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The impact of behavioral interventions on co-infection dynamics: An exploration of the effects of home isolation.

Abstract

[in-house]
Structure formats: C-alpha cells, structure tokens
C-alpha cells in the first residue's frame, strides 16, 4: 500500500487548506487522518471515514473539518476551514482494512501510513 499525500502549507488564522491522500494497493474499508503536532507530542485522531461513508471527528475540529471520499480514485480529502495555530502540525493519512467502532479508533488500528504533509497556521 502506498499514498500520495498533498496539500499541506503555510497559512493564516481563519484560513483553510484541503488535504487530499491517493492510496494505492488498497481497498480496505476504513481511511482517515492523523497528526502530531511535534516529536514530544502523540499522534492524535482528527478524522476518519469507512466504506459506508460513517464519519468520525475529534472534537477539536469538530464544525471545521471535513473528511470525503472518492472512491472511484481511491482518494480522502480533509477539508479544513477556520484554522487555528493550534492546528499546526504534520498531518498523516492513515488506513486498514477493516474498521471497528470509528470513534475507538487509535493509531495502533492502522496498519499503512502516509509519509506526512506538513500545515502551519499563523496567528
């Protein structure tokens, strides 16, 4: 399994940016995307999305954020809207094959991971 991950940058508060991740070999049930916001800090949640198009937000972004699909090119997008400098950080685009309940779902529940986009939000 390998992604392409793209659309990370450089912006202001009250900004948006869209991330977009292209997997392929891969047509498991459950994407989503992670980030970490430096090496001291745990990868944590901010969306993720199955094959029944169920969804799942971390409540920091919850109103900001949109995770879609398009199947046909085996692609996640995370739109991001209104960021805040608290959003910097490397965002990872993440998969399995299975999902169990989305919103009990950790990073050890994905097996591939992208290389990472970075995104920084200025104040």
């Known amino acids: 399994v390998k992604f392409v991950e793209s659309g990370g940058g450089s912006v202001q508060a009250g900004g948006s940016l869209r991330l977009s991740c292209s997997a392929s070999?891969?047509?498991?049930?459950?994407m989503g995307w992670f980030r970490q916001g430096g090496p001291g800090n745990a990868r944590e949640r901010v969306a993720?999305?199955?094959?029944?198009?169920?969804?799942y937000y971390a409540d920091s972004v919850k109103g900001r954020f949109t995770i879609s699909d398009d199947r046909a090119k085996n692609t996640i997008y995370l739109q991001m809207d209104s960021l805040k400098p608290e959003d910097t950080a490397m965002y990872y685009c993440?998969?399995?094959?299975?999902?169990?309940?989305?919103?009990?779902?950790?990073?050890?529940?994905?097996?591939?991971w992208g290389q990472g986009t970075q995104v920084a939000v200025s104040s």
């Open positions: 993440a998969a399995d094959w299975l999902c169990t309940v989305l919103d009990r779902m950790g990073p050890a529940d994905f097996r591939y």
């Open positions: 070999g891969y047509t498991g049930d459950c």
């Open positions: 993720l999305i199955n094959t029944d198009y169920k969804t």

Behavioral epidemiology, the field aiming to determine the impact of individual behavior on the spread of an epidemic, has gained increased recognition during the last few decades. Behavioral changes due to the development of symptoms have been studied in mono-infections. However, in reality, multiple infections are circulating within the same time period and behavioral changes resulting from contraction of one of the diseases affect the dynamics of the other. The present study aims at assessing the effect of home isolation on the joint dynamics of two infectious diseases, including co-infection, assuming that the two diseases do not confer cross-immunity. We use an age- and time- structured co-infection model based on partial differential equations. Social contact matrices, describing different mixing patterns of symptomatic and asymptomatic individuals are incorporated into the calculation of the age- and time-specific marginal forces of infection. Two scenarios are simulated, assuming that one of the diseases has more severe symptoms than the other. In the first scenario, people stay only at home when having symptoms of the most severe disease. In the second scenario, twice as many people stay at home when having symptoms of the most severe disease than when having symptoms of the other disease. The results show that the impact of home isolation on the joint dynamics of two infectious diseases depends on the epidemiological parameters and properties of the diseases (e.g., basic reproduction number, symptom severity). In case both diseases have a low to moderate basic reproduction number, and there is no home isolation for the less severe disease, the final size of the less severe disease increases with the proportion of symptomatic cases of the most severe disease staying at home, after an initial decrease. This counterintuitive result could be explained by a shift in the peak time of infection of the disease with the most severe symptoms, resulting in a smaller number of people with less contacts at the peak time of the other infection. When twice as many people stay at home when having symptoms of the most severe disease than when having symptoms of the other disease, increasing the proportion staying at home always reduces the final size of both diseases, and the number of co-infections. In conclusion, when providing advise if people should stay at home in the context of two or more co-circulating diseases, one has to take into account epidemiological parameters and symptom severity.

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